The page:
The Impasto Technique of Rembrandt

Impasto is paint laid on a canvas or panel in quantities that make it stand out from the surface and is usually thick enough that brush or palette knife strokes are visible. The first known use of the word was in 1784, from the Italian impasto, the noun of the verb impastare, “to put in paste.” (Harper, 2013)

The heavy viscosity and slow drying time of oil paint make it a suitable medium for the impasto painting technique. Watercolor and tempera paint are not satisfactory for this technique because they lack these properties and do not form continuous films surrounding pigment particles.

Thick passages of paint can serve several functions in paintings. First, the relief of impastos can intensify highlights by increasing the light-reflecting properties of the paint. This effect extends the tonal range of the painting by making highlights appear more brilliant. Second, skillfully and minutely worked impastos can depict wrinkled skin or the texture of intricately crafted surfaces of jewelry and fabrics, such as in the works of Rembrandt, Frans Hals, and Diego Velázquez. The nineteenth-century painter Vincent van Gogh used impastos to build up and define the forms in his paintings with thick daubs of paint so that the viewer could see the strength and speed by which the artist applied the paint, giving them added expressiveness. Fourth, impastos can emphasize the physical qualities of the paint itself, as seen in the works of such twentieth-century painters as Jackson Pollock and Willem de Kooning.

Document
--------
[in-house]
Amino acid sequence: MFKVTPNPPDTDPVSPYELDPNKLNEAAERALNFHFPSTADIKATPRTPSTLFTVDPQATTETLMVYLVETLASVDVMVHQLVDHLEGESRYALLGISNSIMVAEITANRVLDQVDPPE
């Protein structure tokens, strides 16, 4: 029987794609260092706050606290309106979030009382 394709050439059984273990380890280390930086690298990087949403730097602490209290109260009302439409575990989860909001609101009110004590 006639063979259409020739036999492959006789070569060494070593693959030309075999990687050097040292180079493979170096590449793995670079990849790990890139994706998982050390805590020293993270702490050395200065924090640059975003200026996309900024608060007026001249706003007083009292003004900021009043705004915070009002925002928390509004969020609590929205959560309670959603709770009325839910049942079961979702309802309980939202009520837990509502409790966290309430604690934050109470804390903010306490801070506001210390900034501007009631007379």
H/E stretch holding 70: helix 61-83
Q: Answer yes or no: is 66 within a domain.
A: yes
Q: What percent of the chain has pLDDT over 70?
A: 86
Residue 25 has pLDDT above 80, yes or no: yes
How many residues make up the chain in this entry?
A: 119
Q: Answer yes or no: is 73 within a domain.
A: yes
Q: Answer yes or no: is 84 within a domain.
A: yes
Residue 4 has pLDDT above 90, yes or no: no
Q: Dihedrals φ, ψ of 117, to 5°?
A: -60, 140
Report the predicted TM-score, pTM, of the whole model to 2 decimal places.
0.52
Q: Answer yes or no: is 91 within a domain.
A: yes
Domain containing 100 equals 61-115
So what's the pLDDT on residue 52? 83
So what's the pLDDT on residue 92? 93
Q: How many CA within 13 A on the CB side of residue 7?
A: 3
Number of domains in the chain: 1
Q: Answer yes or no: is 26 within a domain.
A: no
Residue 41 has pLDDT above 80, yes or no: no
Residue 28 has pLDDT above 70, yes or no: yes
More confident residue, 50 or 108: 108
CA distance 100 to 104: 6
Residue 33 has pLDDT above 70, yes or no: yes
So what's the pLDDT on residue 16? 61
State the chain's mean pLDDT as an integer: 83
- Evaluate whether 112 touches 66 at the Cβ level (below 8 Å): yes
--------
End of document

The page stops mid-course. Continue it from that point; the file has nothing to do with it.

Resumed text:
The combination of chiaroscuro and impasto in Rembrandt’s paintings shows an affinity with the method of Titian, who was the first to use thickly applied and dragged impasto. This marked the innovation of replacing the painterly means of direct representation with a method of suggestion and illusion. (Liedtke, 1995)

Rembrandt Self-portrait

Rembrandt used impastos to accentuate highlights by the increased illumination of surfaces facing the light source and the exaggeration of shadows on surfaces facing away from the light source. It appears that this was the sole intention of the impasto in the illuminated parts of the face in the Self Portrait of 1659 at the National Gallery in Washington. The brushstrokes are scarcely related to the form of the face. (De Wetering, 1997)